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Free JusticeA History of the Public Defender in Twentieth-Century America$
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Sara Mayeux

Print publication date: 2020

Print ISBN-13: 9781469661650

Published to North Carolina Scholarship Online: May 2021

DOI: 10.5149/northcarolina/9781469661650.001.0001

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PRINTED FROM UNIVERSITY OF NORTH CAROLINA PRESS SCHOLARSHIP ONLINE (www.northcarolina.universitypressscholarship.com). (c) Copyright University of North Carolina Press, 2021. All Rights Reserved. An individual user may print out a PDF of a single chapter of a monograph in NCSO for personal use.date: 21 September 2021

Epilogue

Epilogue

Chapter:
(p.181) Epilogue
Source:
Free Justice
Author(s):

Sara Mayeux

Publisher:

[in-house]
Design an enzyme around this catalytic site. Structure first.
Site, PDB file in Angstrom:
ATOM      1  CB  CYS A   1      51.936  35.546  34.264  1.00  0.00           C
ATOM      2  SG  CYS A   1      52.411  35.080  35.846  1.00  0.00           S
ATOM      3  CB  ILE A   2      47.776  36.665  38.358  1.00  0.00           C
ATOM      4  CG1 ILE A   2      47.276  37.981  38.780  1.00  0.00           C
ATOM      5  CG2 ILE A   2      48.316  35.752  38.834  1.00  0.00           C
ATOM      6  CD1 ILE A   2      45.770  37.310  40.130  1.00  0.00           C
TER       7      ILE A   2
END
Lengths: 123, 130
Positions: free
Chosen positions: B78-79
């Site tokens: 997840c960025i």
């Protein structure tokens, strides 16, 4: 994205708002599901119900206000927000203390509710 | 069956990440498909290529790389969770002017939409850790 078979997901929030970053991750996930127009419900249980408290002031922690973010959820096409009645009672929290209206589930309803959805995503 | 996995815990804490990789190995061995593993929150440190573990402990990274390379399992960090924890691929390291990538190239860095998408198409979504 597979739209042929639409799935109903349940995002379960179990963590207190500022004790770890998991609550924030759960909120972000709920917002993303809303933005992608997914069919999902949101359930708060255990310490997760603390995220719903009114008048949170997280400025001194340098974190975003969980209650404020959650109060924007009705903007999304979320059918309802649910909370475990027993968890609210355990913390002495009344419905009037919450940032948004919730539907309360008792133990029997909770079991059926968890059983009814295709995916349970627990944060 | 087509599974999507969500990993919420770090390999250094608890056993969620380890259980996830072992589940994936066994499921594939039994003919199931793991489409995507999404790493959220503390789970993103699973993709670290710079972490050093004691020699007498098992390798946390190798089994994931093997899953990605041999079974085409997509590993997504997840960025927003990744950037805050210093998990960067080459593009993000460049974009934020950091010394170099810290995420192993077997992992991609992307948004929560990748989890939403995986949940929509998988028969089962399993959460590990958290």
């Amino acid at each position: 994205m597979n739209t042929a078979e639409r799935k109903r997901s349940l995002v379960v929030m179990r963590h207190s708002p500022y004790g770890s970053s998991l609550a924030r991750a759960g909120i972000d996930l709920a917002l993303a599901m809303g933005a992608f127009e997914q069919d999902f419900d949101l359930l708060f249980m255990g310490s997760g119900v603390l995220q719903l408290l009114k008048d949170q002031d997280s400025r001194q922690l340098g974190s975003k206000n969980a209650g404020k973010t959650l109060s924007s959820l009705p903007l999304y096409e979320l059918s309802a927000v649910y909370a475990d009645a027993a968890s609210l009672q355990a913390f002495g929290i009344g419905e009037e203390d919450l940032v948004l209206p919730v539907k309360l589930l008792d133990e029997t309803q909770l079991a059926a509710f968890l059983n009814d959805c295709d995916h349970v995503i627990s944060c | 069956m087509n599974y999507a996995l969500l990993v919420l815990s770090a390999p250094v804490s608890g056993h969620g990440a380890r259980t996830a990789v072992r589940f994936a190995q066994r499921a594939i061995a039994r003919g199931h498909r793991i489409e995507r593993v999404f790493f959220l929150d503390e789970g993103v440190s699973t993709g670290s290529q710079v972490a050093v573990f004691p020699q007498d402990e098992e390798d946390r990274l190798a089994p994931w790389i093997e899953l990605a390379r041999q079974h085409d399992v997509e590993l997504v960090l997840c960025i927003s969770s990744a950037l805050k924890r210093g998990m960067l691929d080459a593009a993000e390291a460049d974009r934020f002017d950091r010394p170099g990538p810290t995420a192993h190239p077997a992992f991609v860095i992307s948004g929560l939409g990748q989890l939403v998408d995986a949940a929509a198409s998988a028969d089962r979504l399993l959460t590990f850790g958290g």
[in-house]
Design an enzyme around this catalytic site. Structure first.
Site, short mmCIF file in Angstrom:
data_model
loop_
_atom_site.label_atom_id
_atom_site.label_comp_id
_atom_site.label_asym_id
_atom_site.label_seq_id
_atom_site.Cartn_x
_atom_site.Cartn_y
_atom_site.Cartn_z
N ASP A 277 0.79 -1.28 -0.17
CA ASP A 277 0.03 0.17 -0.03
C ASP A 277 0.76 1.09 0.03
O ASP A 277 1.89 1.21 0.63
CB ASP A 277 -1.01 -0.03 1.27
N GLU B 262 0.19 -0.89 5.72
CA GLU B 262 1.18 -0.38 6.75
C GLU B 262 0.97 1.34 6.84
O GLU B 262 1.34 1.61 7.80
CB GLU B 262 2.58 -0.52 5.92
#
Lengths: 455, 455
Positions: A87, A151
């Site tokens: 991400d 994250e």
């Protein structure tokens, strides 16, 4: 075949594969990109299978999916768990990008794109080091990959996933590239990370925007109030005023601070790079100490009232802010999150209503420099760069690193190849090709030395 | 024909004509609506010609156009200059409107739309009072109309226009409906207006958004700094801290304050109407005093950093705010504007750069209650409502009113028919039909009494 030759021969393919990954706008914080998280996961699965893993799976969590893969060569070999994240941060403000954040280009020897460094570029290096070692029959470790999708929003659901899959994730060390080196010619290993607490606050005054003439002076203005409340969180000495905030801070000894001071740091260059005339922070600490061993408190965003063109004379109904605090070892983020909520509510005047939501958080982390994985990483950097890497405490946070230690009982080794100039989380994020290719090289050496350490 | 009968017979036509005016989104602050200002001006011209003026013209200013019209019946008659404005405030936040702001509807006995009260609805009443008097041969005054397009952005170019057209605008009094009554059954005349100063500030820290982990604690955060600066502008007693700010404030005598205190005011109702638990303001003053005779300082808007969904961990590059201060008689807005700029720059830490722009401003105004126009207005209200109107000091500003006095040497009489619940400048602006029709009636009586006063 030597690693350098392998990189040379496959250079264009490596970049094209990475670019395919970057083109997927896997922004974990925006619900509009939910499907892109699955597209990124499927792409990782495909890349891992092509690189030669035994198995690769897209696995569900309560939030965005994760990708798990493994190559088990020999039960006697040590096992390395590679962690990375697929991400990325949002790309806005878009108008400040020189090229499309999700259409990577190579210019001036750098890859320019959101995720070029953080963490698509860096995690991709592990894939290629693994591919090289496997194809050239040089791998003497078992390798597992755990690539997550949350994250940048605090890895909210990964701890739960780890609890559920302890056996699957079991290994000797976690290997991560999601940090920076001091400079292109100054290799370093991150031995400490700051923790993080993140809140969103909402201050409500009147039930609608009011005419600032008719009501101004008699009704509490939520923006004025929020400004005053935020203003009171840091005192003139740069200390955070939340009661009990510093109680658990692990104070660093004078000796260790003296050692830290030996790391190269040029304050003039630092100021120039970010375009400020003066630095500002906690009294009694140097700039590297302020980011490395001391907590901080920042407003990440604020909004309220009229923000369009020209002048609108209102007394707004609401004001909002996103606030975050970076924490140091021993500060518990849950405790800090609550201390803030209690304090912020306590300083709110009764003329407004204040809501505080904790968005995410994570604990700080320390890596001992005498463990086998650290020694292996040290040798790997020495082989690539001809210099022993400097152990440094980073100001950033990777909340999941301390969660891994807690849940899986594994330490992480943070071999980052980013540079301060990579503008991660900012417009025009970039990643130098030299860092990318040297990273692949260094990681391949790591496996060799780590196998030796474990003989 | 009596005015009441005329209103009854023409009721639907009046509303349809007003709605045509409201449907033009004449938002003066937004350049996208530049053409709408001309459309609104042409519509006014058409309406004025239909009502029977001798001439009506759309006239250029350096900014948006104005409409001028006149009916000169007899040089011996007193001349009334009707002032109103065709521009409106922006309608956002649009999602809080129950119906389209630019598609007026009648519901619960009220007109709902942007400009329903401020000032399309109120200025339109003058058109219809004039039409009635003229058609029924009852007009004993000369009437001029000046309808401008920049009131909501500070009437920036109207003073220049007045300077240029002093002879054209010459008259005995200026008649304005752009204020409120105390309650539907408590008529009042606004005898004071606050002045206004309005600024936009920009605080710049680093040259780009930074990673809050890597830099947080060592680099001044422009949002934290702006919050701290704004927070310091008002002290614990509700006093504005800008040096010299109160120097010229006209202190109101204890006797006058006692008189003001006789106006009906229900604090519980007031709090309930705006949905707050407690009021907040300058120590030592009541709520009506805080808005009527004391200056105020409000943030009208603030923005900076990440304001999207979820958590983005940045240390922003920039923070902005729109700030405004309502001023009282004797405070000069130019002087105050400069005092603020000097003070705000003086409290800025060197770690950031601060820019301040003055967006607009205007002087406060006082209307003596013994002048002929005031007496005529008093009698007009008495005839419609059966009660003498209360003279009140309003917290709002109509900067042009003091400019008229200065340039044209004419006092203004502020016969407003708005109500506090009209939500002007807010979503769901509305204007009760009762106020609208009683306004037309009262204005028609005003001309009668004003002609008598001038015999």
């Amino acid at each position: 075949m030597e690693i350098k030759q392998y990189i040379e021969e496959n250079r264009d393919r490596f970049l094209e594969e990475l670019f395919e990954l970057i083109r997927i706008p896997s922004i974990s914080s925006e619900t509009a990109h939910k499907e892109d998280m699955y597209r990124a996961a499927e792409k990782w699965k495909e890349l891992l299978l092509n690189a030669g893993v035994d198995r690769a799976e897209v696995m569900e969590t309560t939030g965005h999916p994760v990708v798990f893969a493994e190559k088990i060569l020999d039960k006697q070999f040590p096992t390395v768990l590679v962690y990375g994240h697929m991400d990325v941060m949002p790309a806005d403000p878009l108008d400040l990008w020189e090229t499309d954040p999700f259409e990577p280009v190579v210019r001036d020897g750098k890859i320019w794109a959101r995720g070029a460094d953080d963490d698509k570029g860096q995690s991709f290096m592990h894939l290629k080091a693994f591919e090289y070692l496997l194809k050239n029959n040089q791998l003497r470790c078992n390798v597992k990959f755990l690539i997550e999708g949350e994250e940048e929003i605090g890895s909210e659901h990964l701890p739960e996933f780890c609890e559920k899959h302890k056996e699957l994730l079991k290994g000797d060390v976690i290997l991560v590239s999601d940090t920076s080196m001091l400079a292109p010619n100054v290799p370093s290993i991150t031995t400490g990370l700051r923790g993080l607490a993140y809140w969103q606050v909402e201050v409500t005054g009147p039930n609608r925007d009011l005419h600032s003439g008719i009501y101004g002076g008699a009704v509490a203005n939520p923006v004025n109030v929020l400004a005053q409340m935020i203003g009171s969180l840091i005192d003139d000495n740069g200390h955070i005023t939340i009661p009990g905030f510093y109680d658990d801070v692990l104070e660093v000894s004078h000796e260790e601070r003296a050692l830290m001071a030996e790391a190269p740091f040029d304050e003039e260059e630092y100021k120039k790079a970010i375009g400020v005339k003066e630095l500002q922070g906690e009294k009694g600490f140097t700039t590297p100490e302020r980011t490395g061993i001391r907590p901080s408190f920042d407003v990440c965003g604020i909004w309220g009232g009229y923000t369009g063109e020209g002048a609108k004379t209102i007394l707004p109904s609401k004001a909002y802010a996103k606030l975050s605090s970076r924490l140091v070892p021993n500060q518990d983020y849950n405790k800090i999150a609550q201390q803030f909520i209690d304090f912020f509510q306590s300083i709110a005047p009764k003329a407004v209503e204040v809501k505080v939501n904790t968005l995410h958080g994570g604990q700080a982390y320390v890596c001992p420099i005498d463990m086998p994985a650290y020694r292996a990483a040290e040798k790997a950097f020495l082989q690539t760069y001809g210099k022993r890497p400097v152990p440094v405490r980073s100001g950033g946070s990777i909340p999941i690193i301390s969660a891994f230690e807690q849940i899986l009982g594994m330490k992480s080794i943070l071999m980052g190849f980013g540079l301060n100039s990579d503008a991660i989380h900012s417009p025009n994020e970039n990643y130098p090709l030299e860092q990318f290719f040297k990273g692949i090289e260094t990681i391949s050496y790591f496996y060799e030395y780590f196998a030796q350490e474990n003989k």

University of North Carolina Press
DOI:10.5149/northcarolina/9781469661650.003.0007

This chapter provides a brief overview of post-1970s developments in indigent defense. The crisis of overwhelming caseloads and inadequate funding for public defenders has continued to the present day. As a result, many advocates argue that the promise of Gideon v. Wainwright and the Sixth Amendment right to counsel has never been fully realized in criminal courts around the United States. New models of advocacy, like the holistic defense approach, seek to make public defenders more representative of, and responsive to, the communities they serve, and public defenders increasingly connect their work with racial justice, particularly with the rise of the Black Lives Matter movement.

Keywords:   right to counsel, Sixth Amendment, Gideon v. Wainwright, public defender, indigent defense, holistic defense, Black Lives Matter

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